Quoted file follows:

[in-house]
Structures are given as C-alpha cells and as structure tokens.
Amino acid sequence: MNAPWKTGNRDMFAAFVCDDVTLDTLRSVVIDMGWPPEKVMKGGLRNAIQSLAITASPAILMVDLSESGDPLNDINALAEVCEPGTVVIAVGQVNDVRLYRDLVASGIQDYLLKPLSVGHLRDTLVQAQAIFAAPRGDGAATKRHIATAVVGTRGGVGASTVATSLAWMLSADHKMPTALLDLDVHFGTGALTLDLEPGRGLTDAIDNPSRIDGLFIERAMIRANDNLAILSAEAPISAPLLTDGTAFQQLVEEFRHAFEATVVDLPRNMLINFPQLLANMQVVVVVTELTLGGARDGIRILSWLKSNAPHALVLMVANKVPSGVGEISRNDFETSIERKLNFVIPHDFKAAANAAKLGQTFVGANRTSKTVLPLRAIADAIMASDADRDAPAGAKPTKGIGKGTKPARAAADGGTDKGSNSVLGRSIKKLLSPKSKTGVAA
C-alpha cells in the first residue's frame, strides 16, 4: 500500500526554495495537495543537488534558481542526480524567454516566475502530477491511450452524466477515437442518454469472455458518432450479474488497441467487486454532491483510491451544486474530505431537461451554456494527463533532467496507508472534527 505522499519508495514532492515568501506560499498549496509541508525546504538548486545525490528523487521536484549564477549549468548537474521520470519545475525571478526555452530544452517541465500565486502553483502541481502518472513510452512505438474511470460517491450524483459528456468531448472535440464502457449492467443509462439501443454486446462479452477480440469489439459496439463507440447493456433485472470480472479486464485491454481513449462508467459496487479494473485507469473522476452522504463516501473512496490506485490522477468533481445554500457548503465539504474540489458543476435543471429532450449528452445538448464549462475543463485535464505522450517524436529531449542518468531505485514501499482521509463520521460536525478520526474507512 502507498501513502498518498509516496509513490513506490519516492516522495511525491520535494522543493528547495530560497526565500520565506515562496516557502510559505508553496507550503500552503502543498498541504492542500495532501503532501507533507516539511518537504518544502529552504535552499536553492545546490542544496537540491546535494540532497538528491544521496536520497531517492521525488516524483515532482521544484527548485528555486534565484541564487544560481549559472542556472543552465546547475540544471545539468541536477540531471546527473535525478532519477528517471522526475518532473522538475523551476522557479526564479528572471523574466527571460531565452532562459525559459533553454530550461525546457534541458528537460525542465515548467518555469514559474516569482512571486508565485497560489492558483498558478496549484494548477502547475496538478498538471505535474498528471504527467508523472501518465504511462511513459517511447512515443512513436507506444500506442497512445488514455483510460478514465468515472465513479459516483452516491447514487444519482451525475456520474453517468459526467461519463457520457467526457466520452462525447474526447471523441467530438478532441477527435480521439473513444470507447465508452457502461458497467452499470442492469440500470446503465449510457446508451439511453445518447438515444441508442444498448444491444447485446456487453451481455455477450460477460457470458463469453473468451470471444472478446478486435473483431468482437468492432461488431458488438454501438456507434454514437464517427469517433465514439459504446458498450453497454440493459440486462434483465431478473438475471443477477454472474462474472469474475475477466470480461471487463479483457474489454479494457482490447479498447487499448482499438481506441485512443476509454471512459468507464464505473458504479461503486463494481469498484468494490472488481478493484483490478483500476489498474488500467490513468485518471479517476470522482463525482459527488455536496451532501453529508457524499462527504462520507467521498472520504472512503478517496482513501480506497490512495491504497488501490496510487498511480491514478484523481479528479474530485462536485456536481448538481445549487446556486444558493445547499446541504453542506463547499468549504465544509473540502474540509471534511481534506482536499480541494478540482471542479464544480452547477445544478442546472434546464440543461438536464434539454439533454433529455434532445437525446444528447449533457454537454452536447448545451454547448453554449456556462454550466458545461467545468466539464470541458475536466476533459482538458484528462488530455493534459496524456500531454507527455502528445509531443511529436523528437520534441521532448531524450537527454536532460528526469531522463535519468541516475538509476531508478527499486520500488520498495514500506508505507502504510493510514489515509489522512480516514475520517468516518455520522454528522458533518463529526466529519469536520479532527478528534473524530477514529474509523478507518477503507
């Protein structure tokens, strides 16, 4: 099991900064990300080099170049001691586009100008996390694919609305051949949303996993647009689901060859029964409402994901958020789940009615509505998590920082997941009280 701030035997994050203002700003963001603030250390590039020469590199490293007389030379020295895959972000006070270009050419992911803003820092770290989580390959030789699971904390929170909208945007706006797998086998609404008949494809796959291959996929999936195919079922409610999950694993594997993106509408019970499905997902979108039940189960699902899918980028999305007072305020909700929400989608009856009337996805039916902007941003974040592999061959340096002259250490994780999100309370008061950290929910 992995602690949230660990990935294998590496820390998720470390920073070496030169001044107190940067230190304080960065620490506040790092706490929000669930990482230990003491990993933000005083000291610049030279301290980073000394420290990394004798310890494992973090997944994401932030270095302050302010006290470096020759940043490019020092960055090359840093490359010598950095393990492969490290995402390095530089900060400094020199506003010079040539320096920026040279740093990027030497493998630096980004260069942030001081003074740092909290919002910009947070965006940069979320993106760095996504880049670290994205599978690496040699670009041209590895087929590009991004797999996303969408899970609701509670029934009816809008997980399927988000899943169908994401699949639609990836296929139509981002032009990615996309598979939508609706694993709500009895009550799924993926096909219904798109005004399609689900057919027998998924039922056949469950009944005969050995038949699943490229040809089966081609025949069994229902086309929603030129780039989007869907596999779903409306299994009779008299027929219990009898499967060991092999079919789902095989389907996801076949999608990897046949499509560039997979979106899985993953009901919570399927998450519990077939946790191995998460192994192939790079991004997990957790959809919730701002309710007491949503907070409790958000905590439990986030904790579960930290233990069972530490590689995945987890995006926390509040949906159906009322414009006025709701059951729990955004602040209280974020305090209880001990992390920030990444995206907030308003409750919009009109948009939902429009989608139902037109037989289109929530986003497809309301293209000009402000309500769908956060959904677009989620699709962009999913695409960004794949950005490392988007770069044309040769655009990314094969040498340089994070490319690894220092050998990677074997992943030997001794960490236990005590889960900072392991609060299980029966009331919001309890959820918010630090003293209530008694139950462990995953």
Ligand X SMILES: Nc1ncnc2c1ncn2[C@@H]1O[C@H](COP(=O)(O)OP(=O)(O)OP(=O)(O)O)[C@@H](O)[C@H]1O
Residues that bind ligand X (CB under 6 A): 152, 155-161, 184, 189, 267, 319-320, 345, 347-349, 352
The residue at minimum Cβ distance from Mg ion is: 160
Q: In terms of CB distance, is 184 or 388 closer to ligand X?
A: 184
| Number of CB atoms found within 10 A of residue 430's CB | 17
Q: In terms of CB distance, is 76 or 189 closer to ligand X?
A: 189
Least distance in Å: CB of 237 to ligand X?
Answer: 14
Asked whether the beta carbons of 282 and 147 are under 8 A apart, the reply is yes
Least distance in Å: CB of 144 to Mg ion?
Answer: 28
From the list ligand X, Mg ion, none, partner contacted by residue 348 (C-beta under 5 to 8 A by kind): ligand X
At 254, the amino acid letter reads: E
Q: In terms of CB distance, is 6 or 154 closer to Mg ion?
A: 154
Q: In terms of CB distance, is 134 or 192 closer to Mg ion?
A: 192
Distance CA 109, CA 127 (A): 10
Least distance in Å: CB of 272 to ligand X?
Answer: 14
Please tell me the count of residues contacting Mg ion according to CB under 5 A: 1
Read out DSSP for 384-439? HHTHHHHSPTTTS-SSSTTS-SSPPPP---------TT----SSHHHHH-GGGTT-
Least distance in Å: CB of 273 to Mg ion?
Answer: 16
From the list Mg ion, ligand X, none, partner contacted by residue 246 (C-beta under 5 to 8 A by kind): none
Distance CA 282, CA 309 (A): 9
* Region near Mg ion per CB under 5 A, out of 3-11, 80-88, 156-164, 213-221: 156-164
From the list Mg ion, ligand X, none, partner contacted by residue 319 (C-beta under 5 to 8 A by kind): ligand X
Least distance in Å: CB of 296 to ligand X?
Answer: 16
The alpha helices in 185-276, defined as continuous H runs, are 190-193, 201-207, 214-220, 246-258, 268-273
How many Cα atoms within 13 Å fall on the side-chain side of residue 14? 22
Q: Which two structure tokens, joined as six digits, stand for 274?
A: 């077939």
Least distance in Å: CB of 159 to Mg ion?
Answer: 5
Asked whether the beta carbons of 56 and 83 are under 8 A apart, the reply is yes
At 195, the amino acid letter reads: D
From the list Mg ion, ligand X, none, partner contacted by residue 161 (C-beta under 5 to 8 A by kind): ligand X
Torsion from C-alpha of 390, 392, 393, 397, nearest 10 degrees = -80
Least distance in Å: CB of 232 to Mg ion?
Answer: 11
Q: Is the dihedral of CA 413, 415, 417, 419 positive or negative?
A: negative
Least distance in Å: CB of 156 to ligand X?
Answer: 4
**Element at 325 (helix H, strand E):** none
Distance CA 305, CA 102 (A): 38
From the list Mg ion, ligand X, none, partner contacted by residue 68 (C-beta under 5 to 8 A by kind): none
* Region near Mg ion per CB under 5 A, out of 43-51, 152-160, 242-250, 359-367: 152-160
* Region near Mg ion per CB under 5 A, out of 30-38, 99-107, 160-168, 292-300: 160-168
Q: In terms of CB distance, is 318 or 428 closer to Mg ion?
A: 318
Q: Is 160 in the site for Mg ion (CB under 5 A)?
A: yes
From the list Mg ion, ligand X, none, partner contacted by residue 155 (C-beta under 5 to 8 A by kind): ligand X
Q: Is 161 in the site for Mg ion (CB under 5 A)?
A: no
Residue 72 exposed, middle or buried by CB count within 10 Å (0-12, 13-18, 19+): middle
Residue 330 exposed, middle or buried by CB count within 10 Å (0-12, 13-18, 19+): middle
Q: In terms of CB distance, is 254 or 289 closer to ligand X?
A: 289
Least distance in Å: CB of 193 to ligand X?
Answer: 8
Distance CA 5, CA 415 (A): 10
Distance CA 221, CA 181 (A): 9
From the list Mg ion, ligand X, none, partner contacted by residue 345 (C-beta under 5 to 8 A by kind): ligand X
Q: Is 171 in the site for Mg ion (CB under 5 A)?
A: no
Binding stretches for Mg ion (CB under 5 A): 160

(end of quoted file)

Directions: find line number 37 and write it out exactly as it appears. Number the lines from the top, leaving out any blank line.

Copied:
Answer: 16